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8B - The Michigan Daily - Weked Magazine - Thursday, March 25, 2004

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Mixed musical personas add individual
flair to Mullinix release

Ghostly International, one of Ann Arbor's prominent
record labels, has signed several local techno artists who
have gone on to underground electronica fame. Tadd
Mullinix and Matthew Dear are two such artists.

By Emily Uu
Daily Arts Writer

With three different aliases on Ghostly
International, each with an individual style,
Ann Arbor's Tadd Mullinix is a musical
Mullinix and Ghostly founder Sam Valenti
IV met in Encore Recordings, where Mullinix
works. Upon hearing one of Mullinix's demo
tapes, Valenti wanted him to sign on with
Ghostly. Mullinix's first Ghostly release, under
his given name was 2001's Winking Makes a
Face. His brand of electronica was "intelligent
dance music," or IDM, but it stood out from
other IDM because of its complex melodic
structures which were often attributed to his
classical training as a cellist in grade school.
The album's tracks juxtaposed melodies remi-
niscent of Bach with glittery laptop glitches
and beats.
In the same year, Mullinix revealed more of
his musical aliases to the public with other
releases on Ghostly. One of Mullinix's record-
ing names, "James Cotton," produced pure
techno that incorporated harder beats as
opposed to the music on Winking. He
explained, "I began with many styles all at
once. My aliases appeared in order of release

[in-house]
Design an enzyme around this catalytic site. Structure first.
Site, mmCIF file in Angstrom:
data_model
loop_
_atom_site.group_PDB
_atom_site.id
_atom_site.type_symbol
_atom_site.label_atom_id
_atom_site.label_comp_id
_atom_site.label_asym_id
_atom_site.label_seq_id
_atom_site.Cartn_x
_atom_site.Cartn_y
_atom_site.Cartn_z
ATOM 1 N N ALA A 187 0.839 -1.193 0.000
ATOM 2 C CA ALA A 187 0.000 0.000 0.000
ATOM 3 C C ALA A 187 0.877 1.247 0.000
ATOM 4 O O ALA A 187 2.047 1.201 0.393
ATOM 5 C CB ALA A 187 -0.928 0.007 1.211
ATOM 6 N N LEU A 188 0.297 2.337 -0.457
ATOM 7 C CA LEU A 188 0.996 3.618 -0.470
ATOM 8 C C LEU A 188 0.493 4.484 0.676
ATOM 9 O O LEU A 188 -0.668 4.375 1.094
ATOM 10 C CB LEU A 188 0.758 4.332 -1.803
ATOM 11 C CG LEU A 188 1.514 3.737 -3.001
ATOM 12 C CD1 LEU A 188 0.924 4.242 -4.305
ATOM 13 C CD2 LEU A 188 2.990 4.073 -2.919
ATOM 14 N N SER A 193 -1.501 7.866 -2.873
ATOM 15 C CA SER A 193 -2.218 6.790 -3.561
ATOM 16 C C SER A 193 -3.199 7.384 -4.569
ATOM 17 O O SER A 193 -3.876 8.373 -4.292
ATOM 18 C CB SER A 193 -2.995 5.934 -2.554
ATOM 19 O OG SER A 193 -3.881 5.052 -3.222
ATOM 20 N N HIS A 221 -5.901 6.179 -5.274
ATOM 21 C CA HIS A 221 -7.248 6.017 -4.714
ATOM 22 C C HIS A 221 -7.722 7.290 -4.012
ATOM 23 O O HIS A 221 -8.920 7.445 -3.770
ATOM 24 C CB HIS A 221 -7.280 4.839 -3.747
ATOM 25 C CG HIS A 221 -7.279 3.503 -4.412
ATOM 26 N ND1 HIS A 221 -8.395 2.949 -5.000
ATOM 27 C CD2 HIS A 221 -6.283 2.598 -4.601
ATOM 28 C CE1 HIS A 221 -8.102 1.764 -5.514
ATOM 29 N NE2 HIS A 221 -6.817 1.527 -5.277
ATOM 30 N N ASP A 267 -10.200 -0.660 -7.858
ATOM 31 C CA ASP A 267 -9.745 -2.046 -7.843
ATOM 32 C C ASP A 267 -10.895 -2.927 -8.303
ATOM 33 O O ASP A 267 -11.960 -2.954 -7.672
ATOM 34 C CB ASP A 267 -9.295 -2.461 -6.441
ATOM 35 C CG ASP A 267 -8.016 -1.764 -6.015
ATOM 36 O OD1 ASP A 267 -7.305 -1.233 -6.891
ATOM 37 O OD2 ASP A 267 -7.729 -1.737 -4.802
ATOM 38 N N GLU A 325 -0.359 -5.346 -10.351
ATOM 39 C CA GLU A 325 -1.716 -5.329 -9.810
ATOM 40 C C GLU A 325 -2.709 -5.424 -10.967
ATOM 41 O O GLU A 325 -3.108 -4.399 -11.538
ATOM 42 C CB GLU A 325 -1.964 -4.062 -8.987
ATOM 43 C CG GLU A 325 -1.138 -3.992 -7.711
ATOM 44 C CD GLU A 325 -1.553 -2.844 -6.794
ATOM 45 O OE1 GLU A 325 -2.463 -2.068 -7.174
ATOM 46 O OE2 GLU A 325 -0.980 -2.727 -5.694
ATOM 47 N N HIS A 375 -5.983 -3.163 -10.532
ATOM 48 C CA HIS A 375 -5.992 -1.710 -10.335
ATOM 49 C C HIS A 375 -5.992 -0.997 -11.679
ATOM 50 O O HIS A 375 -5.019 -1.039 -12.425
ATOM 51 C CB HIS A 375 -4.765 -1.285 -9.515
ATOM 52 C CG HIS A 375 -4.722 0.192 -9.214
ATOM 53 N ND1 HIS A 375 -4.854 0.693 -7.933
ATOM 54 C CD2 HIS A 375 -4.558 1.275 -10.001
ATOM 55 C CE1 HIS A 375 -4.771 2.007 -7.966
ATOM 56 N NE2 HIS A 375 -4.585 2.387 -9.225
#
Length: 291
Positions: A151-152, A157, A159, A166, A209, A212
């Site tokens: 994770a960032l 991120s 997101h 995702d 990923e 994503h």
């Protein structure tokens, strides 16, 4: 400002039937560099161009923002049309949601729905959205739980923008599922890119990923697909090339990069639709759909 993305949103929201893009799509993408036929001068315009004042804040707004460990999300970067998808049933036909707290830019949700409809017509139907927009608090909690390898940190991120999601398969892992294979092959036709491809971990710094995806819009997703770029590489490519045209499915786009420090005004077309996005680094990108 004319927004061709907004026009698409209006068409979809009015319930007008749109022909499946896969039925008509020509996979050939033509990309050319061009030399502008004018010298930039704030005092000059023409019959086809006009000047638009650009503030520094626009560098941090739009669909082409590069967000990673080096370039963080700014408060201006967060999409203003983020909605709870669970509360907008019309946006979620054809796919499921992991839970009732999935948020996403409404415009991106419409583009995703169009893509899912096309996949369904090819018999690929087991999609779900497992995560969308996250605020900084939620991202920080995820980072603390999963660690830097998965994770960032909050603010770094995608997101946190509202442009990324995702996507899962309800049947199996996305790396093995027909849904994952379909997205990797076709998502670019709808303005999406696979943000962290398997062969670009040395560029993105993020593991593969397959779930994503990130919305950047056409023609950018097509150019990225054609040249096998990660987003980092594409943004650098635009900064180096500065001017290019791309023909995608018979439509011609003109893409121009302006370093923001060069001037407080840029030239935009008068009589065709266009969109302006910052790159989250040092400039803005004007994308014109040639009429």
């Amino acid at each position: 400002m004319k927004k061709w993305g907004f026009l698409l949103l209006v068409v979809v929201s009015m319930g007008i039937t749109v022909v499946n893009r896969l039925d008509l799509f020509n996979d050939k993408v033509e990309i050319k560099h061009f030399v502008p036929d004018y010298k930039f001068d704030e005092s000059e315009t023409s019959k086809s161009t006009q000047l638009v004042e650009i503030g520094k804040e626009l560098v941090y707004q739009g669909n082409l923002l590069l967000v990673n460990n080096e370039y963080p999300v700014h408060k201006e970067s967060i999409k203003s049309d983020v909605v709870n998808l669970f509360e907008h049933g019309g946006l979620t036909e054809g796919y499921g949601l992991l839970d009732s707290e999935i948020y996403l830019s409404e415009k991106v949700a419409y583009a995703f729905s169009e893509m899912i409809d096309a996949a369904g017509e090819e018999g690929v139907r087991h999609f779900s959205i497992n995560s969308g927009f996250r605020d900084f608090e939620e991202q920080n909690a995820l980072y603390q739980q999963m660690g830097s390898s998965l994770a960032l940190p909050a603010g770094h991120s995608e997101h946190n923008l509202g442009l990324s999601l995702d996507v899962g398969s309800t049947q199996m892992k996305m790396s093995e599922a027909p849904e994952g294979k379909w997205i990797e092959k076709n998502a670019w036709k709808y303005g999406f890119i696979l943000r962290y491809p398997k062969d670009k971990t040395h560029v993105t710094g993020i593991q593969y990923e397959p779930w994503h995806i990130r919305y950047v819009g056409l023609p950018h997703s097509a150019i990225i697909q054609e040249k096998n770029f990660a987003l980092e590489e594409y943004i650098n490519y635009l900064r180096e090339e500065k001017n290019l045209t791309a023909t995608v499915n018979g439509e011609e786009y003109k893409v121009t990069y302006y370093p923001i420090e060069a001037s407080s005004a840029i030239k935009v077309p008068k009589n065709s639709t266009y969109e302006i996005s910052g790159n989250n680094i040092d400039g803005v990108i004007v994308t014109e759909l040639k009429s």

but not necessarily in order of conception."
"Dabrye" (pronounced "DAB-ree"), on the
other hand, was a more relaxed persona that
incorporated hip-hop elements in his music.
One/Three, released in 2001, was a laid-back
album complete with electronic beeps that
evoked the '80s. After the album caught the
attention of Scott Herren of Prefuse 73, Dabrye
released another album, Instrmntl, on Herren's

Eastern Developments label in 2002. While
Instrmntl was still relaxed in tone, it was also
warmer and more organic than before.
Even before signing these three personas to
the Ghostly label, Mullinix was creating other
styles of music. For example, Mullinix formed
a punk band in middle school and a shoegaz-
ing band in high school. His first release was
ragga-jungle music, or up-tempo reggae, under
the name "SK-1" on Rewind!, a label that
Mullinix started with Todd Osborn, a fellow
Ghostly artist.
Mullinix's current music is constantly devel-
oping as well. Dabrye, for one, is changing
from the "glitch-hop" label bestowed by crit-
ics, choosing to incorporate more hip-hop in
his music. "I never liked the idea of glitch-
hop," said Mullinix. "Electronic music has
been evolving quickly. It seems like electroni-
ca is always breeding new subgenres. With so
many styles passing under the scope, over
time, they have begun to feel disposable and
cheap. I wasn't hearing Dabrye as anything but
a new-instrumental hip-hop."
Mullinix also stated that he had always
wanted to work with MCs. For Dabrye's
upcoming EP, Game Over, Mullinix got to do
just that, working with Jay Dee and Phat Kat,
two MCs hailing from Detroit. "I heard
through the grapevine that Jay Dee had picked
up my album at the record store. We had some
of the same friends who would get us con-
nected," explained Mullinix. "When we final-
ly chilled, Phat was there in Jay's studio.
Because of my position in the room and Phat's
excellent voice, he sounded perfectly balanced
with the beat."
Mullinix has also been working with

Kadence, an Ann Arbor MC who is part of
the political hip-hop group The Abolitionists
and other rappers. Collaborating with other
music artists has affected his music in that "I
can be very productive when I've got some-
one else to bounce off of." Mullinix contin-
ued, "For example, when I'm composing a
beat, I can tailor the sounds, rhythms and
composition to complement the MC's deliv-
ery, and vice versa."
For a change in environment, Mullinix
stayed in Berlin for three months over the sum-
mer to work on Two/Three, the second Dabrye
album in a series of three. "Berlin would com-